In Kirk, the estate heirs sought to remove the attorney for the bank-estate executor (which was also guardian of the estate of the decedent's minor children) based on an alleged violation of fiduciary duty to the beneficiaries by representing the bank in actions concerning the guardianship. There, the court affirmed the denial of disqualification and noted that the attorney's client was the bank-executor, and the executor and its attorney had the sole obligation of upholding the decedent's wishes as expressed in the will. The court "decline[d] to hold that a conflict of interest arises between an individual heir and the executor's attorney merely because the heir's wishes are contrary to the terms of the decedent's will." In re Kirk, 292 Ill. App. 3d at 922.

The court articulated the principle that the beneficiaries of an estate are intended to benefit from the estate and are owed a fiduciary duty by the executor to act with due care to protect their interests. In re Kirk, 292 Ill. App. 3d at 919. They are not, however, owed allegiance by the estate attorney, who does not have an attorney-client relationship with the beneficiaries and whose "first and only allegiance" is to the estate in such adversarial situations. In re Kirk, 292 Ill. App. 3d at 919.

In Vail, a residuary legatee was joined by other heirs in a contest of the will and trusts; the bank-estate executor, which was also trustee of the trusts, was represented by the same law firm as executor and trustee in the will and trust contests. In re Vail, 309 Ill. App. 3d at 438, 441. There, the court held that the estate has a duty to defend a will contest and may employ an attorney for that purpose. In re Vail, 309 Ill. App. 3d at 441. The court acknowledged that the estate's attorney must act with due care and protect the beneficiaries' interests, but held that, in such adversarial situation, the attorney for the executor does not have an attorney-client relationship with the beneficiaries. In re Vail, 309 Ill. App. 3d at 441.

Here, however, the adversarial situation does not involve a defense of Michael's estate from a beneficiary's challenge. Margaret, the sole beneficiary, does not contest the terms of either Michael's will or revocable trust. Thus, the situation in the case at bar is unlike that in Kirk or Vail, because there is no challenge here to the will or trusts, or actions taken to comply with Michael's testamentary wishes. In those cases, the interests of the executor, or the estate, diverged from those of at least some beneficiaries. Here, however, Margaret is the sole party intended to benefit from the estate. Therefore, Margaret's interests are, for all practical purposes, coextensive with those of the estate: her interests are aligned with the estate, not against it.

The adversarial situation here arose instead from a divergence of the estate's interests, which cannot be delineated from those of the sole beneficiary, and the interests of one of the Gagliardo family businesses, namely, CFC. In fact, at least as far as the investigation costs are concerned, the interests of the estate and CFC are in direct opposition: if the estate rather than CFC was caused to bear those costs, CFC would benefit at the estate's detriment. Because Paulette has a substantial interest in CFC, she too would benefit by shifting the investigation costs to the estate. Therefore, the conflict alleged is between the estate and the executor, whose individual interests would benefit from an action detrimental to the estate.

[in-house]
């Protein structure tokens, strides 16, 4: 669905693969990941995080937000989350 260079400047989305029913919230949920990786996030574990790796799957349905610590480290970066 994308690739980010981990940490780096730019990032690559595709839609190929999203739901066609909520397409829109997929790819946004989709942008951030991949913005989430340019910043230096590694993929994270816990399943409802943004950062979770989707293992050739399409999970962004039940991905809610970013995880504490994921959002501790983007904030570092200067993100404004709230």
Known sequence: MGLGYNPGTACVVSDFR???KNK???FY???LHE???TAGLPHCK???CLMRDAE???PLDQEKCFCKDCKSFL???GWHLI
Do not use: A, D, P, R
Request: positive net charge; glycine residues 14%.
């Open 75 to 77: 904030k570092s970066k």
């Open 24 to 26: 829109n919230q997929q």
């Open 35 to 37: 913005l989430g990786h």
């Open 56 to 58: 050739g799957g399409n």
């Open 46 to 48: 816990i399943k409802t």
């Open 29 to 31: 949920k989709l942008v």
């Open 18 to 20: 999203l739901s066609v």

Again, it is established that Matern acted as attorney for the estate. Even if he acted in such capacity for a limited time, Matern owed a fiduciary duty to the estate and its sole beneficiary, Margaret. See In re Estate of Halas, 159 Ill. App. 3d 818, 825, 512 N.E.2d 1276 (1987) (fiduciary relationship exists between attorney for executor and beneficiaries); but see Jewish Hospital of St. Louis, Missouri v. Boatmen's National Bank of Belleville, 261 Ill. App. 3d 750, 763, 633 N.E.2d 1267 (1994) (estate attorney has no duty to beneficiary due to "potentially adversarial relationship" between estate's and beneficiary's interests). We need not distinguish Margaret's status as estate beneficiary from that of an intended third-party beneficiary. See, e.g., Pelham v. Griesheimer 92 Ill. 2d 13, 20-21, 440 N.E.2d 96 (1982) (attorney liability extends to intended third-party beneficiaries of attorney-client relationship). As Paulette notes in her reply brief, questions concerning alleged breaches of fiduciary duty by her or Matern are irrelevant to this appeal and will be decided by the trial court. Here, the point is that Margaret did not challenge the estate, so there is no adversity between her interests and the estate's interests.

Because representation of the estate essentially means representation of its sole beneficiary, Margaret, under the narrow circumstances of this case, we conclude that, for the time Matern represented the estate, he represented Margaret. We acknowledge that, under the distinguishable circumstances discussed earlier, estate beneficiaries were held not to have an attorney-client relationship with the attorney for the executor of the estate. See In re Vail, 309 Ill. App. 3d at 441; In re Kirk, 292 Ill. App. 3d at 919. There, the attorneys defended the estate from beneficiaries, whereas here, Matern represented the estate in matters concerning payment and evaluation of investigation costs. See, e.g., Jewish Hospital, 261 Ill. App. 3d at 761 (representation involving non-adversarial matters makes third-party beneficiary status easier to establish). Thus, in such representation, Matern in effect represented Margaret.